The show could do me one enormous favor / forbid the narrator from saying "It's the beginning of another day on Oak Island.." and "has (person) just found another important clue.."

Unknown said...

We do get it in the UK on the history channel! I got hooked in Jamaica and went back and watched everything on demand but this series has been disappointing.

Moethedog97 said...

Kevin Randle's view is incorrect. A recent interview with the show's producer Ken Burns states that the Laginas bankroll the dig and the show is not paying for the operation. Burns said that he will have to go back and convince them again to allow the cameras to follow them in their quest. Unlike the Kardashians, these guys aren't in it to be television stars. They may not have found treasure, but their thoughtful and respectful manner in operating the search is refreshing and they are providing factual evidence to support the myths of pirates from the south and British troops digging on Oak Island. The Laginas are supporting Canada's history and economy. For that reason alone, I would watch another year or two.

James Rickel said...

They are certainly dragging out the show these days. I guess that is because advertising revenue from two episodes is better than one, but damn. I hope they do a couple episodes less next season. We have seen the same animations and voice over bits too often.

random gaming said...

I have to be honest . I've followed this from the very beginning an I'm done . How much more can people be expected to watch . If they even sold all the wood they have dug up they'd off made a few bob. Even the spoils could be used for land fill in someone's garden but nah , we are expected to keep believing that in this day and age with all our technology that we can find a single gold coin . Nothing .Nada. the lads who produce each week are the ones who really seem to be the only ones who are coining it .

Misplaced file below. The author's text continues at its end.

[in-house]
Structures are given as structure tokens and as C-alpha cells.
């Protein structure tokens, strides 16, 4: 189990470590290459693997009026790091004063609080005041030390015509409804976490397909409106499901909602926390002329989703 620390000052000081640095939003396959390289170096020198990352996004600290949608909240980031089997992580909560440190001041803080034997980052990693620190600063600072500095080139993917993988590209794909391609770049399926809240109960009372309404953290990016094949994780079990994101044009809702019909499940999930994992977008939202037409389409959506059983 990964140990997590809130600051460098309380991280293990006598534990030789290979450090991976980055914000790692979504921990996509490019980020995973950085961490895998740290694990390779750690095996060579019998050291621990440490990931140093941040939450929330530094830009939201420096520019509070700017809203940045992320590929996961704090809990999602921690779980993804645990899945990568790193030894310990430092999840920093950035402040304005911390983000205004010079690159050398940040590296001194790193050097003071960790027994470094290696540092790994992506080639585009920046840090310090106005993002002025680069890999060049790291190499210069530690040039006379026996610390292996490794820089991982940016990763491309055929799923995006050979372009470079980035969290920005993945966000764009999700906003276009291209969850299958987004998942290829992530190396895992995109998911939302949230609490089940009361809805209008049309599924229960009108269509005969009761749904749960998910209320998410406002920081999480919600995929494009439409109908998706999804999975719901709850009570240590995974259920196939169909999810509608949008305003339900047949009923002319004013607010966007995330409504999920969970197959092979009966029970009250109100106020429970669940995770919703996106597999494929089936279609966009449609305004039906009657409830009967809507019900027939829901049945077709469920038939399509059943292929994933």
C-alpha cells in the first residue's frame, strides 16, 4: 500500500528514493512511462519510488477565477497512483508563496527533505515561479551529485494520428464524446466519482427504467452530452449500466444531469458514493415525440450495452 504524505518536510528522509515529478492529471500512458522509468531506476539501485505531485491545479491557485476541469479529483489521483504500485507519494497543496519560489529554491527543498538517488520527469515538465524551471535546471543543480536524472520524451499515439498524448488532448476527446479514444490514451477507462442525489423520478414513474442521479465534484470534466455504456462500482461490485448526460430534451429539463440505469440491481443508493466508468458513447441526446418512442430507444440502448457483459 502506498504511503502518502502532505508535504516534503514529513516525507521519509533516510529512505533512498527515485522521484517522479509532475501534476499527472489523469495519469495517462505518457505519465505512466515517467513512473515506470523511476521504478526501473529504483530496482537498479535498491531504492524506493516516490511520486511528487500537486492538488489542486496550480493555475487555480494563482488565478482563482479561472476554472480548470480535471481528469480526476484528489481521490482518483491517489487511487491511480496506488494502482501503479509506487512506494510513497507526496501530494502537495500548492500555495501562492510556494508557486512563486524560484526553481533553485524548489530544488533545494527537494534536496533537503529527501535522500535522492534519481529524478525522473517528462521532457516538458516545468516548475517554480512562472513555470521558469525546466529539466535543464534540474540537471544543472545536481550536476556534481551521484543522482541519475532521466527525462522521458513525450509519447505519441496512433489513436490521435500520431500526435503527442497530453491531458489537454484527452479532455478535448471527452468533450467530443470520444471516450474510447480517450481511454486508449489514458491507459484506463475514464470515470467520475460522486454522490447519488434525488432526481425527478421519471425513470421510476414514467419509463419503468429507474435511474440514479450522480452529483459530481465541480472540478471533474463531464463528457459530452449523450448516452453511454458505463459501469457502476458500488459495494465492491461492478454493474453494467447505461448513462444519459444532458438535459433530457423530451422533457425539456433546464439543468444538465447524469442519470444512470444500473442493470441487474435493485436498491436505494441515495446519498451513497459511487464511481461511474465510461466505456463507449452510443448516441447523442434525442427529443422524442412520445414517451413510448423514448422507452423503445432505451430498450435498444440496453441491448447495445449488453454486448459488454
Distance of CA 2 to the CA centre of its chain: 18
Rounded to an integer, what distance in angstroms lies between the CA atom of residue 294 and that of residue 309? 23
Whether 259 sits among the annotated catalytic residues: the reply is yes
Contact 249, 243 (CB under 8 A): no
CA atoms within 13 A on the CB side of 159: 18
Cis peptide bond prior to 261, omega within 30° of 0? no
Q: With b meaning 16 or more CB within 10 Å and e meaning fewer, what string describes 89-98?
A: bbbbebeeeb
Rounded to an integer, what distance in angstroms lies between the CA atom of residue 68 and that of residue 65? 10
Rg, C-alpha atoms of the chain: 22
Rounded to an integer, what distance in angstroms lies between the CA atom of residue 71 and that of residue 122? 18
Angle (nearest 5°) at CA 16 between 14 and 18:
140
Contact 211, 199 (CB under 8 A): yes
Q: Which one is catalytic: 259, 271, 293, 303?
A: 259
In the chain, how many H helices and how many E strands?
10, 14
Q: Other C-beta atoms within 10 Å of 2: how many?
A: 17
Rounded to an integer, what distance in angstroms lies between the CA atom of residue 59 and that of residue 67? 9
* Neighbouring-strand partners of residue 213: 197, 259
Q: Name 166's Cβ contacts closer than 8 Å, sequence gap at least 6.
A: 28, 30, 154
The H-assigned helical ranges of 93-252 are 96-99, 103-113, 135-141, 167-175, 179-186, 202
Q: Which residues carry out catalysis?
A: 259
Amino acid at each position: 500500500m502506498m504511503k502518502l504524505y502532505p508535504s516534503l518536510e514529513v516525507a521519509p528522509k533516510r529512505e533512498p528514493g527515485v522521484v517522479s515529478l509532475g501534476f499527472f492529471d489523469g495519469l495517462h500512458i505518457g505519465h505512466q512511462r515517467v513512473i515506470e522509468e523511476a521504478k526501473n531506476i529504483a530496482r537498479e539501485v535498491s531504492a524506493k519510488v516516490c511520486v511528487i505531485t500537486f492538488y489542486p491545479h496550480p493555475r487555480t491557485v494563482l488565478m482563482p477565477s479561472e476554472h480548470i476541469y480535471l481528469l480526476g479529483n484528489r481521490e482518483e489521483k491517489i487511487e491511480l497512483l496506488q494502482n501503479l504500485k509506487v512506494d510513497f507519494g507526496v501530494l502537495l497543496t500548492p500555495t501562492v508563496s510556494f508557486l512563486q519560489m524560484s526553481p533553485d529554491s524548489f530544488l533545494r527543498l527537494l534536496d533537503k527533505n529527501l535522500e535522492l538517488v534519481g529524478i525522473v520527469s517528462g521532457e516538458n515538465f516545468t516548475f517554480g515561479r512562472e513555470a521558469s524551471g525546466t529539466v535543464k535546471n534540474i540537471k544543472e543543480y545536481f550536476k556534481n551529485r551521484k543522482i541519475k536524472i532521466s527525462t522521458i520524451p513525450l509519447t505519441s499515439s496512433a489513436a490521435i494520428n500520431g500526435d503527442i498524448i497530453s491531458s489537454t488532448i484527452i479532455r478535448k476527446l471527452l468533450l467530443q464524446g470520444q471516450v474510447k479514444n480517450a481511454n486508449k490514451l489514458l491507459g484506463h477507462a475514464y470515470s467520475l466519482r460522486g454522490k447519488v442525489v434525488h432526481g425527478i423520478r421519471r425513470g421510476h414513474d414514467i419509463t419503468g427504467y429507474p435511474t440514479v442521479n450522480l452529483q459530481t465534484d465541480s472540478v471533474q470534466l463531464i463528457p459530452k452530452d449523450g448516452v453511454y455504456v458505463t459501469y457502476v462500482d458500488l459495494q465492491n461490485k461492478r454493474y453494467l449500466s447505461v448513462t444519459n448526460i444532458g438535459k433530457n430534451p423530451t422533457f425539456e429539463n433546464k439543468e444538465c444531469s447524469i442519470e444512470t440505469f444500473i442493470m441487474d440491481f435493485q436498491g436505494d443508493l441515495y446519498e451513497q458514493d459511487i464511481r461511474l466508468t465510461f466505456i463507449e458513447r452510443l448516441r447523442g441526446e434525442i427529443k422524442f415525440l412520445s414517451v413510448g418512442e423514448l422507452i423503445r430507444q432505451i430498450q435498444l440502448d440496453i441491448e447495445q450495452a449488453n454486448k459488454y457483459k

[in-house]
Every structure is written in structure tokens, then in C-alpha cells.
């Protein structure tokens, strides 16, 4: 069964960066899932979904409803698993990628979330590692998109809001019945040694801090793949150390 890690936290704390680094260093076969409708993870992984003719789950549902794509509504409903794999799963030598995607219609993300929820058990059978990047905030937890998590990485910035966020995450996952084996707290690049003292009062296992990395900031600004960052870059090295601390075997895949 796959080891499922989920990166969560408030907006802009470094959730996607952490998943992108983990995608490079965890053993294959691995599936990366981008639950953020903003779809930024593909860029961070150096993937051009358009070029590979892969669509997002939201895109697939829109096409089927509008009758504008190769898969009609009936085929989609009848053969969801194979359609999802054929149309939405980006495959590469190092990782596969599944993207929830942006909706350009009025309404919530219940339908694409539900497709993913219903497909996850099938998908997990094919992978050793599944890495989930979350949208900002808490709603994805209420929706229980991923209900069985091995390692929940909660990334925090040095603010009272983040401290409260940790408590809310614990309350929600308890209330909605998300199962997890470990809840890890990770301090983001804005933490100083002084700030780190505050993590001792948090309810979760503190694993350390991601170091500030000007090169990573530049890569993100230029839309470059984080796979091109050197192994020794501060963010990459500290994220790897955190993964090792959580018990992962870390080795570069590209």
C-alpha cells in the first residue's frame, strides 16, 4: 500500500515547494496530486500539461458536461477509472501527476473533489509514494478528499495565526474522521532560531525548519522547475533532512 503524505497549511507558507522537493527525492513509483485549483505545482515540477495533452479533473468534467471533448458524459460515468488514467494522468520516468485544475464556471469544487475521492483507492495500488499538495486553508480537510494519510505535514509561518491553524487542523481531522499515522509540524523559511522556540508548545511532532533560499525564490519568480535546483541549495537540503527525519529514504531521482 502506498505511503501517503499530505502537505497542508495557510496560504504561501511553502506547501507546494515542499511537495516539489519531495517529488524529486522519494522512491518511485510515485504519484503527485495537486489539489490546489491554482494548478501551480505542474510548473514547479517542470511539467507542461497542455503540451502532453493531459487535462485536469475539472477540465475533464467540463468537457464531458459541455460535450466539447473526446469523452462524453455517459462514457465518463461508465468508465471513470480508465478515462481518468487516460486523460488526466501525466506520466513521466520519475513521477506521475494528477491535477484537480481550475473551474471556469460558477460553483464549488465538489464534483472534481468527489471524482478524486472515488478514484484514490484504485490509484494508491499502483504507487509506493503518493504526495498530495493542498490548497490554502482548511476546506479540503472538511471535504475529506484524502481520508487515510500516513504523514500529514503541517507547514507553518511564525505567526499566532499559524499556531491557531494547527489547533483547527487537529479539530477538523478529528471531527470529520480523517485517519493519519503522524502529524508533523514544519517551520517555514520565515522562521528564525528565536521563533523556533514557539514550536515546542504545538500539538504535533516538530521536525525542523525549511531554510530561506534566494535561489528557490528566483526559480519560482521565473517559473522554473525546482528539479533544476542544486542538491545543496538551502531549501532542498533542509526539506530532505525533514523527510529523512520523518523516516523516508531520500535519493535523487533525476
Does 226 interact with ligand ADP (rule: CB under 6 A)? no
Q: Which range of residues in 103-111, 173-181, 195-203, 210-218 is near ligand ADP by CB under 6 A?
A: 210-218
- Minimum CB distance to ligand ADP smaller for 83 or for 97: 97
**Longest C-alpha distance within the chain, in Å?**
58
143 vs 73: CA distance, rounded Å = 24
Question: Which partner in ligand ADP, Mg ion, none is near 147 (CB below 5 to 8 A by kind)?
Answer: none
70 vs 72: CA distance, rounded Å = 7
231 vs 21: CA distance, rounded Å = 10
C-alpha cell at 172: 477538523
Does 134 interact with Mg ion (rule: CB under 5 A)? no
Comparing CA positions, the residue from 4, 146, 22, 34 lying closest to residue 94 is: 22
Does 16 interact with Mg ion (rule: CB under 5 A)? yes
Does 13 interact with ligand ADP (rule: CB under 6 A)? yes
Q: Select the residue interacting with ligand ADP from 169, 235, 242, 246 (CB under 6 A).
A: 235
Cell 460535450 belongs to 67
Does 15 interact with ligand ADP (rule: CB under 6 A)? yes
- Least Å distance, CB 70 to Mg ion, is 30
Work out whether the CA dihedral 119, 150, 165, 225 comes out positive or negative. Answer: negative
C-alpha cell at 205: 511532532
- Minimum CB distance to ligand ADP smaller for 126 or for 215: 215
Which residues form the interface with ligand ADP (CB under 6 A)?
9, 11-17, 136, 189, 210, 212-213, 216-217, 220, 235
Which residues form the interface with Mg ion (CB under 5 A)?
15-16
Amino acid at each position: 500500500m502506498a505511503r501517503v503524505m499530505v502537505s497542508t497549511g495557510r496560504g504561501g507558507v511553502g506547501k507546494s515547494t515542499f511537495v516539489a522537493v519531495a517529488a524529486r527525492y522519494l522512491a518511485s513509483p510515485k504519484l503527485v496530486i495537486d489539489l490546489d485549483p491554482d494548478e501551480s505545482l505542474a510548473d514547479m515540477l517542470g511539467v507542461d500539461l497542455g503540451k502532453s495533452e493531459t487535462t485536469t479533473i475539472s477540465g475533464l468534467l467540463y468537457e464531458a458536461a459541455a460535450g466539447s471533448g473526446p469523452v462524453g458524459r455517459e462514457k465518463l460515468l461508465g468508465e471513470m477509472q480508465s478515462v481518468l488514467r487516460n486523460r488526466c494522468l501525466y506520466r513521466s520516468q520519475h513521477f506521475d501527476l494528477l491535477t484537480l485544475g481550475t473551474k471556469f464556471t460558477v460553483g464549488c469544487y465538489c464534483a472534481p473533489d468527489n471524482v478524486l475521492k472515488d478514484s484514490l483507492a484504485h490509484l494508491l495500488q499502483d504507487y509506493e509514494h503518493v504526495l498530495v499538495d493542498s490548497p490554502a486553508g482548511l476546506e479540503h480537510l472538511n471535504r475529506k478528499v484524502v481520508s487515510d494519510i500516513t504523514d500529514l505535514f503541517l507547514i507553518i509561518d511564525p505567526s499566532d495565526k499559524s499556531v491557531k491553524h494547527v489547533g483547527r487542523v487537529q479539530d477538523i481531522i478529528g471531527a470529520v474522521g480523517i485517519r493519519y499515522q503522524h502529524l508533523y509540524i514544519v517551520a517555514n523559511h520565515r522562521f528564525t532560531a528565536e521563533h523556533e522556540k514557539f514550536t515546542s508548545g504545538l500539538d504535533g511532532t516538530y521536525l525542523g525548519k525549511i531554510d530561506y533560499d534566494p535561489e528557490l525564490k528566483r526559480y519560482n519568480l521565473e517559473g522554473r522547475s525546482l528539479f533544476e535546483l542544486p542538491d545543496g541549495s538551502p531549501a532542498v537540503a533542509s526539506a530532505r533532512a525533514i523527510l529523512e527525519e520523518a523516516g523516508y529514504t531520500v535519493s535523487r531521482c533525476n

Gregory Frechette said...

Wow, so much speculation and wild imaginations. What ever is on oak island it has been part of Nova Scotia folklore for centuries. It is bringing in tourism dollars and interest to the area. So I say let them dig dig away.

Marty X said...

I think the way they try to find the "treasure" does not make any sense at all. Only way to solve the "mystery" is to dig open the whole area and at the same time use modern techniques to prevent any water coming in.

Drilling narrow wholes is just crazy. If there would be e.g. a chest down there, the chances of finding it by drilling is close to zero. Secondly, if they would happen to hit it, the drill and that massive thing with "jaws" would destroy anything valuable there and they could be able to get only some fragments.

All the 4 seasons have been disappointment after disappointment. Nothing really have been found. The stories with Knights Templar are ridiculous. And what about Shakespeare original writings inside a wet muddy cave 200 feet down??

Dirk Kessler said...

The comments here go to show what kind of instant gratification society we live in. Anyone who expected a treasure to be found/dug up in 4 years (after centuries of others failing to get to it) isn't being realistic. Even with technological advances, there isn't equipment that is specifically made for this type of project.

The most interesting thing about this show is the to retreive/what could possibly be buried/who could have buried it. If a treasure is ever brought up, that will be the most boring part of the show, in my opinion.

Dani Lynn said...

Thank you.

Unknown said...

The show is a lot more interesting than most of the junk airring on other networks. Having watched 6 seasons of Lost, I can put up with a 5th season of Oak Island, even if little is found.